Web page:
|Resources appear green (ISP) on both primary and backup servers.|| This is a “split-brain” scenario that can be caused by a temporary communications failure. After communications are resumed, both systems assume they are primary.
DataKeeper will not resync the data because it does not know which system was the last primary system. Manual intervention is required.
If not using a bitmap:
You must determine which server was the last backup, then take the resource out of service on that server. DataKeeper will then perform a FULL resync.
If using a bitmap:
You must determine which server was the last backup, then take the resource out of service on that server. DataKeeper will then perform a partial resync.
|Target(s) are out of sync waiting for the previous source.||Connect the previous source to the cluster. If the previous source can not rejoin the cluster in a timely manner, then targets can be reconnected with a full resync by running the command “$LKROOT/bin/mirror_action fullresync <source> <target>” on the current mirror source.|
|Core – Language Environment Effects||Some LifeKeeper scripts parse the output of Linux system utilities and rely on certain patterns in order to extract information. When some of these commands run under non-English locales, the expected patterns are altered and LifeKeeper scripts fail to retrieve the needed information. For this reason, the language environment variable LC_MESSAGES has been set to the POSIX “C” locale (LC_MESSAGES=C) in /etc/default/LifeKeeper. It is not necessary to install Linux with the language set to English (any language variant available with your installation media may be chosen); the setting of LC_MESSAGES in /etc/default/LifeKeeper will only influence LifeKeeper. If you change the value of LC_MESSAGES in /etc/default/LifeKeeper, be aware that it may adversely affect the way LifeKeeper operates. The side effects depend on whether or not message catalogs are installed for various languages and utilities and if they produce text output that LifeKeeper does not expect.|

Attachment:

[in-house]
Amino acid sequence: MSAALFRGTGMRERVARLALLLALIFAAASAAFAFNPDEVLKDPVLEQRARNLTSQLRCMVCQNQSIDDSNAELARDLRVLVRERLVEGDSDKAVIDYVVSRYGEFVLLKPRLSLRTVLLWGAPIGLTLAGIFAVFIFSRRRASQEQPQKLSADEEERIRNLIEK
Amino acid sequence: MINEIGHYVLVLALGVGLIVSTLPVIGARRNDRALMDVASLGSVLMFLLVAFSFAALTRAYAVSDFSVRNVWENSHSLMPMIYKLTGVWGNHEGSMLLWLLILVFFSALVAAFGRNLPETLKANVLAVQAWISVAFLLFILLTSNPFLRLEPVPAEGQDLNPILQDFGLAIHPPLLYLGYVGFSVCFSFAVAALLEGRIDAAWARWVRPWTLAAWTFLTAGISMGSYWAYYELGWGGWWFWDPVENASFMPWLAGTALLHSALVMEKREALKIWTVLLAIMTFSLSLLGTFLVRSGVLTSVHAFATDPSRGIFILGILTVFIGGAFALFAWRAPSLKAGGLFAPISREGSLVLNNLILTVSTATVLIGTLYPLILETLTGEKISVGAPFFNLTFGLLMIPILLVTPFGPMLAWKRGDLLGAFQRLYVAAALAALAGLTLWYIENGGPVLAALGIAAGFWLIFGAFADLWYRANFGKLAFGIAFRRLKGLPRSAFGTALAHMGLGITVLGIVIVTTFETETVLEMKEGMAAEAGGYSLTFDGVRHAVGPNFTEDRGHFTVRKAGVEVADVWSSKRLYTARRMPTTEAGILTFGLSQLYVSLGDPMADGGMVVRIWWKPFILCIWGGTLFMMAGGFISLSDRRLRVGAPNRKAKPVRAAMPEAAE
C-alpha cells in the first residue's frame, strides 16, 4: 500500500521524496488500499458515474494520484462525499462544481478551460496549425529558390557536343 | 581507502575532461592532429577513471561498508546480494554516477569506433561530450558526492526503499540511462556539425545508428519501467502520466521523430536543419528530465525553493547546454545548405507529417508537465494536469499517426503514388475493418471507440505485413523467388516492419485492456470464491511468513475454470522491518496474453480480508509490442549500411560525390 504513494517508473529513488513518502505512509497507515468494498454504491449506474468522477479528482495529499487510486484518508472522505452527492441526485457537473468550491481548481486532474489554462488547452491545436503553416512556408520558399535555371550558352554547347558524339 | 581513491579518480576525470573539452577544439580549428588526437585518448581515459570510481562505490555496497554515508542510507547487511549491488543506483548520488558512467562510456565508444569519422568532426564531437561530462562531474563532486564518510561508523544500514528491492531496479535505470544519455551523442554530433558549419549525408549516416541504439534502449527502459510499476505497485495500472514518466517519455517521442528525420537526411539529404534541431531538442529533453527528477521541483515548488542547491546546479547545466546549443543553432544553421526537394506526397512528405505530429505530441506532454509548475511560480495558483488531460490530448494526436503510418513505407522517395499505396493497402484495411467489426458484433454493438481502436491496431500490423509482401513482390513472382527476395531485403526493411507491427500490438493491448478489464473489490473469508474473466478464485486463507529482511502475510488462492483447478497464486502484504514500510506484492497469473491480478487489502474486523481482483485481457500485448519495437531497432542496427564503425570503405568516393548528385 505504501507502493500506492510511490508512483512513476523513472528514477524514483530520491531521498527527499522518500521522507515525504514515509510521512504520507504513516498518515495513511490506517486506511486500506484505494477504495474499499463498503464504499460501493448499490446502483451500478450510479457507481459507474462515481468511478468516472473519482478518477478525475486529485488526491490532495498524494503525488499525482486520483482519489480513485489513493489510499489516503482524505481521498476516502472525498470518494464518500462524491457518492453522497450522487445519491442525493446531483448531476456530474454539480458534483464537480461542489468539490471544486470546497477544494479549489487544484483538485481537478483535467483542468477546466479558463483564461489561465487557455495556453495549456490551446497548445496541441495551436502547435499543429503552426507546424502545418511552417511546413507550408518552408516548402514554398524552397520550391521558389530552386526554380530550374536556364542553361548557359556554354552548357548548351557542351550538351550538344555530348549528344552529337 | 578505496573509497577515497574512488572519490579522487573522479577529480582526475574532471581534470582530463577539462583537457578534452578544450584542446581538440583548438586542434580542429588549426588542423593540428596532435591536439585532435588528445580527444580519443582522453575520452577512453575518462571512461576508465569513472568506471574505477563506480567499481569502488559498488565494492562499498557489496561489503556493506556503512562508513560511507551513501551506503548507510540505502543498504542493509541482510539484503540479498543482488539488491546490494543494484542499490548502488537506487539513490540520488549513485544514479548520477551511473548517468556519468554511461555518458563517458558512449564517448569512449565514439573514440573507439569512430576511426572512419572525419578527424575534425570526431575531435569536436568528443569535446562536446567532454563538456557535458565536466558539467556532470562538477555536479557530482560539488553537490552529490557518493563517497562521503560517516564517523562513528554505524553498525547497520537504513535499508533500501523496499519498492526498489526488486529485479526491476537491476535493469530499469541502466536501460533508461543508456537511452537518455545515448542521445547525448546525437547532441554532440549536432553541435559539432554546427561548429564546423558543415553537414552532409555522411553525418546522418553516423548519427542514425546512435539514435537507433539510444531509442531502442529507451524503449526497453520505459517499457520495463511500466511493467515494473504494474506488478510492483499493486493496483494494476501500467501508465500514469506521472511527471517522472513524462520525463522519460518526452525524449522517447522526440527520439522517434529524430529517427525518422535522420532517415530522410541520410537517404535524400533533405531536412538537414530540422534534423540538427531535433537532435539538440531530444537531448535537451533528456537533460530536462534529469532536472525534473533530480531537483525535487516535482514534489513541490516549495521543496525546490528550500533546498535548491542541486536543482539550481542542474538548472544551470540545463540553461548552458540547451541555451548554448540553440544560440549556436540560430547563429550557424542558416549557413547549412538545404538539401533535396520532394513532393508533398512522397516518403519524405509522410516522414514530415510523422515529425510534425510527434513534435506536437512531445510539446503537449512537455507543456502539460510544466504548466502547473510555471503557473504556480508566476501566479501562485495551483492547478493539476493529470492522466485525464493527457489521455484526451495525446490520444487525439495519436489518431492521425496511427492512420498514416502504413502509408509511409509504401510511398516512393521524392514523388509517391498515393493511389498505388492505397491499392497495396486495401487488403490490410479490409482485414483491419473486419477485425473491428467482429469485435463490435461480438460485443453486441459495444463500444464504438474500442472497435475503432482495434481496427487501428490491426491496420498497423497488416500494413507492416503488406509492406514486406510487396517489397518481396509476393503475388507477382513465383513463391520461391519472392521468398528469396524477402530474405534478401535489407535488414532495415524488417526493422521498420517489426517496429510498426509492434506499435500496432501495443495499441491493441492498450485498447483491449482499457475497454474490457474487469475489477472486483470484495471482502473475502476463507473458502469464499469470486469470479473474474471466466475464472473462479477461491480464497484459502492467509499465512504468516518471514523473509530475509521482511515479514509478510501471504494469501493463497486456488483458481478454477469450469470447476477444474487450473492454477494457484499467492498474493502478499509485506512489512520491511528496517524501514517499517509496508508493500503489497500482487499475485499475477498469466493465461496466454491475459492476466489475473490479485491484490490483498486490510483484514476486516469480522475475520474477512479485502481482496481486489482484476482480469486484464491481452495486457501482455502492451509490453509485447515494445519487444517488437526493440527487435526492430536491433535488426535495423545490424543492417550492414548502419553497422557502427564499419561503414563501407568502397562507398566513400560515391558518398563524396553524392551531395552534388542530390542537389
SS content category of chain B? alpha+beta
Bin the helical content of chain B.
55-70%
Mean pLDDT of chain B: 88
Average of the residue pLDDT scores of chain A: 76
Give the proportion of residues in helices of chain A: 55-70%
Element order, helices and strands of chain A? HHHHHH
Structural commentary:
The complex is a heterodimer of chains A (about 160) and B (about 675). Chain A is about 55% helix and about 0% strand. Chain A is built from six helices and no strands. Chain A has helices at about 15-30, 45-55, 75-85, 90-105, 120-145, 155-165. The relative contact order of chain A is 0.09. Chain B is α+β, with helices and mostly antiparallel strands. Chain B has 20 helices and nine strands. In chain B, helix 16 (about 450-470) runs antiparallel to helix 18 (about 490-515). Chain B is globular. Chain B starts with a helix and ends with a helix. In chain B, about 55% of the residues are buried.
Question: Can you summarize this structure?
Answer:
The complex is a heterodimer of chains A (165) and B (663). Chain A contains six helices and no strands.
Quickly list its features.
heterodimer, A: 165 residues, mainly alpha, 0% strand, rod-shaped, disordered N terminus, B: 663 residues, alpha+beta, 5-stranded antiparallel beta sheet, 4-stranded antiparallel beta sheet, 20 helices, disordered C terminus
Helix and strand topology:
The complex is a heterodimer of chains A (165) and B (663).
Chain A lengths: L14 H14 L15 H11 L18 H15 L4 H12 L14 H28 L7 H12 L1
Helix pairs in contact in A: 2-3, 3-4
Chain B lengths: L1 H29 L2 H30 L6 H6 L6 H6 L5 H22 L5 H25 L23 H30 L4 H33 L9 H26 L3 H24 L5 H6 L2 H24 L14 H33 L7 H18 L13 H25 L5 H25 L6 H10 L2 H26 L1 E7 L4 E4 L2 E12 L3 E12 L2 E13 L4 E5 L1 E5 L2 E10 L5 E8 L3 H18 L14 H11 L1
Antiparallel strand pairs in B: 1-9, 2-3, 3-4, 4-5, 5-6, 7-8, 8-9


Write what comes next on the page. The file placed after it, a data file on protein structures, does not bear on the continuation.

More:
|GUI – GUI login prompt may not re-appear when reconnecting via a web browser after exiting the GUI||
When you exit or disconnect from the GUI applet and then try to reconnect from the same web browser session, the login prompt may not appear.
Workaround: Close the web browser, re-open the browser and then connect to the server. When using the Firefox browser, close all Firefox windows and re-open.
|DataKeeper Create (and Extend) Resource fails|| When using DataKeeper in certain environments (e.g., virtualized environments with IDE disk emulation, servers with HP CCISS storage, solid state devices (SSD), or Amazon EBS storage), an error may occur when a mirror is created:
This is because LifeKeeper does not recognize the disk in question and cannot get a unique ID to associate with the device.
Workaround: Create a GUID partition and assign a unique ID to the partition or use LVM.
|The status of the mirror target becomes “Out of Sync” after upgrading|| The use of an NU device is not recommended for LifeKeeper 9.2.2 or later. A “mirror out of sync” problem occurs in environments where DataKeeper resources are configured with NU devices.
When upgrading to LifeKeeper 9.2.2 or later, add the following settings to /etc/default/LifeKeeper if NU devices are used:
How to check whether NU devices are used:
Run the lcdstatus command. If a resource instance ID field contains a character string beginning with NU-, then NU devices are used.